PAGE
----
Every Sunday, it’s the communion line that gets to me. The rest of worship keeps me a comfortable distance from the people, veritably fenced off by the altar rail, hemmed in by the stone pulpit walls. I can see the congregation and they can see me, but we Lutherans like to sit at least six pews from the front, just in case the service goes over an hour and we need to dine-and-dash at the Lord’s Supper.
But at communion, the people and I are in close proximity, both to each other and to the divine. It’s unnerving, and whether I am trying to find it or not, there is always a moment where I’m undone by this intimacy. Yesterday, for example, I handed a wafer to the developmentally disabled man who’d been banned from church by his case worker last fall because he kept calling me to ask me out. He was back yesterday, with a friend, and he took the wafer from me timidly, as if he wasn’t sure the forgiveness it offered applied between us.
Yesterday also, a woman came through the line crying. It happens almost every week, looking into the eyes of God’s people, that I see fresh tears. And yesterday, there were many tears because I’d just preached about the mystery of God’s plan and the life of the 6 week old child we’d buried last week. My own eyes sprung up with living water as I handed her the wafer, and choked out the words “the body of Christ, given for you”. After worship, she shared that the two bodies found this weekend are her son’s in-laws. “I thought I was okay until you started preaching,” she said.
Isn’t that the best thing that church teaches us? That we are not okay out in the world on our own, even if we are determined to make it seem to others like we are. We need each other, and we need hope and love without conditions. We might make it through the rote words of confession at the beginning of church without plumbing our own sinfulness, but we cannot get through the communion line without our hearts breaking wide open.
When we stand eye to eye with the pastor or a lay leader, and hear again the unlikely offer of Jesus’ body and blood “for you”, there’s no escape. We are stuck in the horrifying knowledge of our unworthiness, even as we are handed the free pass of God’s grace. If we are lucky, it will be an intinction Sunday where we can return to our seats before anyone notices we’ve been flayed by this simple meal.
It never gets old, this part of worship, because for every piece of bread we break in Jesus’ name there is a corresponding broken heart needing its nourishment. For every sip of wine taken from the dripping cup, there is a bleeding heart which is staunched by the firmness of God’s hands. This is why Jesus told us to “do this” every time we gather, to remember that we are fully known and fully loved.
This is why I love communion even when it hurts.
3 responses to “Bread Broken for Broken Hearts”
Pastor Collette, let me first thank you for quite possibly the best sermon I have ever heard. Not because of some great use of words, or perfect delivery, but because it was authentic and moving. Sometimes I feel like people think that as Christians we will will never see difficult things. You brought that message home yesterday. I really appreciate your willingness to be vulnerable with the congregation.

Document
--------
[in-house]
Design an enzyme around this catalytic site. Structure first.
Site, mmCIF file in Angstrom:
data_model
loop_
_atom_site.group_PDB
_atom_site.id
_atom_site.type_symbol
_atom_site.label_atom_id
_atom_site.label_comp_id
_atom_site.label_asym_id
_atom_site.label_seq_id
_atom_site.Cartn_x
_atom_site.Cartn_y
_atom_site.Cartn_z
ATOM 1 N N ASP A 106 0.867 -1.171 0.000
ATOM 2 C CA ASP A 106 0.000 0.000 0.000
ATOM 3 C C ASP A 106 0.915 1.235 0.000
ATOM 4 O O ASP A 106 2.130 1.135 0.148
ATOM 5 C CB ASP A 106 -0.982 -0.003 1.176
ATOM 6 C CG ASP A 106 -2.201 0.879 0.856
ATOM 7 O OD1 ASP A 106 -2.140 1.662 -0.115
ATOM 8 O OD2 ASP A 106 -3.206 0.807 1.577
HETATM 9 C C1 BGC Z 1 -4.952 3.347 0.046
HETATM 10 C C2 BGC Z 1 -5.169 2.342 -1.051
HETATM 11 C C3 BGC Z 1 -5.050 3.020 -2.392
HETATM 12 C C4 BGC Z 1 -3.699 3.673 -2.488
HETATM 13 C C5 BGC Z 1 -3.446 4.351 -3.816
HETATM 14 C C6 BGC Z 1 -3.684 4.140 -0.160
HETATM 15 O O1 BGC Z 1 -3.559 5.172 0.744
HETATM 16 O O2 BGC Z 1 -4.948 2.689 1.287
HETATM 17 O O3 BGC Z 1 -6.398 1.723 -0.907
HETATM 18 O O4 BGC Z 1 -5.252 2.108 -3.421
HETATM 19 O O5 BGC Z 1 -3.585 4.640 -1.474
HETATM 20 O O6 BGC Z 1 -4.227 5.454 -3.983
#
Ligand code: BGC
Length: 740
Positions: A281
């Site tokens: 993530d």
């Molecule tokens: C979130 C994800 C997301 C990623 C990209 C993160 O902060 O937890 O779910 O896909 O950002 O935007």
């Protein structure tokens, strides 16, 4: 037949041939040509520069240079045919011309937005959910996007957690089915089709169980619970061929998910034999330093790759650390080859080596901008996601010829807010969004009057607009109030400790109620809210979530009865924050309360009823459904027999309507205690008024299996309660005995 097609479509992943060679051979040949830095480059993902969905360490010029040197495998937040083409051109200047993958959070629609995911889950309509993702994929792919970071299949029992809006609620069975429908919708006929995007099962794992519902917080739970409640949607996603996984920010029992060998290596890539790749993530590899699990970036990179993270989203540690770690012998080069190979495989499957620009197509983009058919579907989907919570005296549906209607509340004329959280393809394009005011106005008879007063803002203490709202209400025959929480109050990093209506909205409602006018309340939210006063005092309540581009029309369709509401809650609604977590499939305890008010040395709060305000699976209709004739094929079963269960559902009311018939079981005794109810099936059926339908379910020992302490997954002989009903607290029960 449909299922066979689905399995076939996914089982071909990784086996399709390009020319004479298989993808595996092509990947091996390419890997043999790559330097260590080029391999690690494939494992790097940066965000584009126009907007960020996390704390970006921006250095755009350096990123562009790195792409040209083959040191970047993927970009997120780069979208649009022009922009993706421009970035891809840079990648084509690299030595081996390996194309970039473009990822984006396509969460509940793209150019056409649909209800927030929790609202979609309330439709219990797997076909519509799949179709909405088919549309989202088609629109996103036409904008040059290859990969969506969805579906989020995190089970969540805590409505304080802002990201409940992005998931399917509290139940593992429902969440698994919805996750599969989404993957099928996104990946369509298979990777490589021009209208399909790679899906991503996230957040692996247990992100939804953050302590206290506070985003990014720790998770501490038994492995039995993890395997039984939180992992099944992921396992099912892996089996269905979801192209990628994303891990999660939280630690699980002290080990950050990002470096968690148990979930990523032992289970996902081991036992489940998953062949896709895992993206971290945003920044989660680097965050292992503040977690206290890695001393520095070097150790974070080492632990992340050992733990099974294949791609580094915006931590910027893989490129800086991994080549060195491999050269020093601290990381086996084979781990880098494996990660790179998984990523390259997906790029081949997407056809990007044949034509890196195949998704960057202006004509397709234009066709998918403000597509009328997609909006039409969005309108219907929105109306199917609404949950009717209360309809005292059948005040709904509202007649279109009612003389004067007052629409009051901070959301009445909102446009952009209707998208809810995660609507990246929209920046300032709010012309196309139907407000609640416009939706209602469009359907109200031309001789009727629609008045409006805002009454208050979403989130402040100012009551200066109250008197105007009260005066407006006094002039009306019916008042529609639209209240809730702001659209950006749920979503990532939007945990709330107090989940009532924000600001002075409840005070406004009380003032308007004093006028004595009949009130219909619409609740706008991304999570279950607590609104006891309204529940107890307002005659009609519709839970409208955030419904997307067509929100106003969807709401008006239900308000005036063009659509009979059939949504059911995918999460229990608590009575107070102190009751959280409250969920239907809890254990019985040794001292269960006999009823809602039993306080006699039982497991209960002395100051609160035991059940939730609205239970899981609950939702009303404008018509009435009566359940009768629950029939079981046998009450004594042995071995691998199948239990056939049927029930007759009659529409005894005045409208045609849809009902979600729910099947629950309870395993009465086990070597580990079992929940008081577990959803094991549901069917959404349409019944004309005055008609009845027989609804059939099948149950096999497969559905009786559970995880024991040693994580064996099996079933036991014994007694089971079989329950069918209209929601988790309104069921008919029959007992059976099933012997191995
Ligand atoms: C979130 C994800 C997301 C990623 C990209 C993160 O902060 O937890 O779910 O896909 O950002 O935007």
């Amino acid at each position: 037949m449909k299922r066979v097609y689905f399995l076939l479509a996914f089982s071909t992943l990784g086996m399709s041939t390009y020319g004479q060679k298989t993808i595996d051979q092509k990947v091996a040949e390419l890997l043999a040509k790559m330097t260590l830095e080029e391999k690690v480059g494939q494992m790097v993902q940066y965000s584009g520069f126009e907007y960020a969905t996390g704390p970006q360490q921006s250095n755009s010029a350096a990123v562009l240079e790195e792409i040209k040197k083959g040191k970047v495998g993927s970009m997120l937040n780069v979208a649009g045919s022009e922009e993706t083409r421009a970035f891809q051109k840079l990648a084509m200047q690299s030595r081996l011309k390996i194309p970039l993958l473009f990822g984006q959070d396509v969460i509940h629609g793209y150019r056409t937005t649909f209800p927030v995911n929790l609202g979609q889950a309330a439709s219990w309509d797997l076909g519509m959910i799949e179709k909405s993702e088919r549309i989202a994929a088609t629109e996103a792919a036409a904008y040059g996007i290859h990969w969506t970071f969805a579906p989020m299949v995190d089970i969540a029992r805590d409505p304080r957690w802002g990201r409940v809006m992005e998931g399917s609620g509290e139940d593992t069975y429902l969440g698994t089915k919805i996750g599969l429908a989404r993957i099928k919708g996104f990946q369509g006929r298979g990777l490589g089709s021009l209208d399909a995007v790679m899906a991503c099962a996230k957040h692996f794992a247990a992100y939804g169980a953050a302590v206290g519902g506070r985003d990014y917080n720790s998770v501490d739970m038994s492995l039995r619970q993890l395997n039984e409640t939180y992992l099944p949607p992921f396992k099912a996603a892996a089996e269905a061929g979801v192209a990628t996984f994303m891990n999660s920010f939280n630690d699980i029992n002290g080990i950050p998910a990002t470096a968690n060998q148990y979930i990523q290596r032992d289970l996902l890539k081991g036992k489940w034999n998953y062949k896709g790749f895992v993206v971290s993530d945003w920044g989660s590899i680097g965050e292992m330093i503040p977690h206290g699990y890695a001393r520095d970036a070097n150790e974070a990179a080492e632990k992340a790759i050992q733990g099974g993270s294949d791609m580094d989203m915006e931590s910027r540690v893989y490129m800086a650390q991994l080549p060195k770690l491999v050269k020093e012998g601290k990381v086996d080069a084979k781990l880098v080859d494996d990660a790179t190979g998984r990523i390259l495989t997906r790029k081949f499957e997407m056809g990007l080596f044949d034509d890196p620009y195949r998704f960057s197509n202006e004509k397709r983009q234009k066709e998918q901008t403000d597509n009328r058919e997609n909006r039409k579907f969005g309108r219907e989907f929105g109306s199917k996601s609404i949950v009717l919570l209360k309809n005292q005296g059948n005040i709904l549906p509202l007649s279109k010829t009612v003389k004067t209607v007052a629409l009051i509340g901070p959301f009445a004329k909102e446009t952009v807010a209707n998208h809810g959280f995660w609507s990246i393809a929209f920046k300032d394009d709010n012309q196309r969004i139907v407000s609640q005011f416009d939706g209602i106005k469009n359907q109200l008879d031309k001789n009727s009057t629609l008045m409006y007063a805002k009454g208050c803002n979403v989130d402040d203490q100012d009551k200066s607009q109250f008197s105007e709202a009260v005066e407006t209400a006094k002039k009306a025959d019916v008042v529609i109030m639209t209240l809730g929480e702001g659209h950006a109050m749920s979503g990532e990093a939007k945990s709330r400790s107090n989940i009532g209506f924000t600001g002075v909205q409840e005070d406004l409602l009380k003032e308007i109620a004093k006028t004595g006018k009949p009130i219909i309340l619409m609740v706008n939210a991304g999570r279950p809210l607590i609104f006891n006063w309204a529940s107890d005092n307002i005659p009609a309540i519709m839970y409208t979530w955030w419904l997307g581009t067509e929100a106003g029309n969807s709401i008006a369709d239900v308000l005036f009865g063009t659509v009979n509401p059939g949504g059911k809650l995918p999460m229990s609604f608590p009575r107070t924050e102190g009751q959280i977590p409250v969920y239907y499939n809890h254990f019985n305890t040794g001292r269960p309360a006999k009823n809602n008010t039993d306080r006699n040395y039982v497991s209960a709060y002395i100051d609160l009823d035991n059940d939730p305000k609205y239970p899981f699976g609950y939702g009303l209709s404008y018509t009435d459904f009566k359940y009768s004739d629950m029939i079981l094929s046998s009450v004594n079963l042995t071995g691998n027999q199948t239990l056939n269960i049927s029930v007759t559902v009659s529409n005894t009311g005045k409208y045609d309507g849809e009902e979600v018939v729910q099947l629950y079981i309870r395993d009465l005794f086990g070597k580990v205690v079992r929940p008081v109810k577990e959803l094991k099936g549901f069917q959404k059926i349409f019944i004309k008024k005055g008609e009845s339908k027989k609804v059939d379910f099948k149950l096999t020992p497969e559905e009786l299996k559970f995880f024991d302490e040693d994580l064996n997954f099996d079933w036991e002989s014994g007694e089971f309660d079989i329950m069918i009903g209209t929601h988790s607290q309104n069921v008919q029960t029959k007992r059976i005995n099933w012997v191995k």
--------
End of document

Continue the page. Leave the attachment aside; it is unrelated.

Sometimes I think we just come to church out of ritual. Sometimes we do it just to feel good. For me, I come to hear what God is saying to me and the church as a whole. Am I going the right direction, have I done the best I can. Most times, I fail miserably on both accounts. Many days, I want to give up and roll into a ball on the floor.
For many years of my life I did not participate in traditional communion services outside of the church that I have been attending. I always was afraid that it was being taken for granted and I didn’t want to come under condemnation for being too casual and making sure that I had come before the throne properly. Since joining Bethlehem 2 years ago, I have come to the same conclusion that you speak of above. Yes, communion can be a ritual that gets taken for granted, but I have experienced a change in how I perceive this part of our service. Yes , we do it a lot, but you know what, I NEED IT! It really humbles me to understand that without God, I can do nothing. No works, offerings, or any good intentions can make me good enough. So every weekend that we have communion, I go forward, I admit to myself and to God that I have failed and stand on his love, grace, and forgiveness. It also helps me to not be so demanding on those around me when I realize that I have been shown forgiveness, and will continue to be shown forgiveness, even though I am a believer that falls constantly.
Thank you for your commitment to hearing from God and telling us what he is telling you, even if it is difficult. To be honest, messages like yesterday’s message are so powerful because they hit all of us where we live. It doesn’t surprise me that God uses our weaknesses, sufferings, and difficult times in such a powerful way. I guess it is because we come to a point where we don’t have the answers, don’t know what to do, and most times, don’t know how to go on. That puts right where God wants us so we can do his work.
Thanks, Tim, and I’m glad that my vulnerability in preaching is appreciated. I’m also glad that communion as a regular practice is feeding you the way it feeds me. Also, this is the first comment of your I’ve seen. You indicated a couple weeks ago that you’ve made others, but I don’t know where they went because I never saw them.
Thanks, I am glad you found this one then. 🙂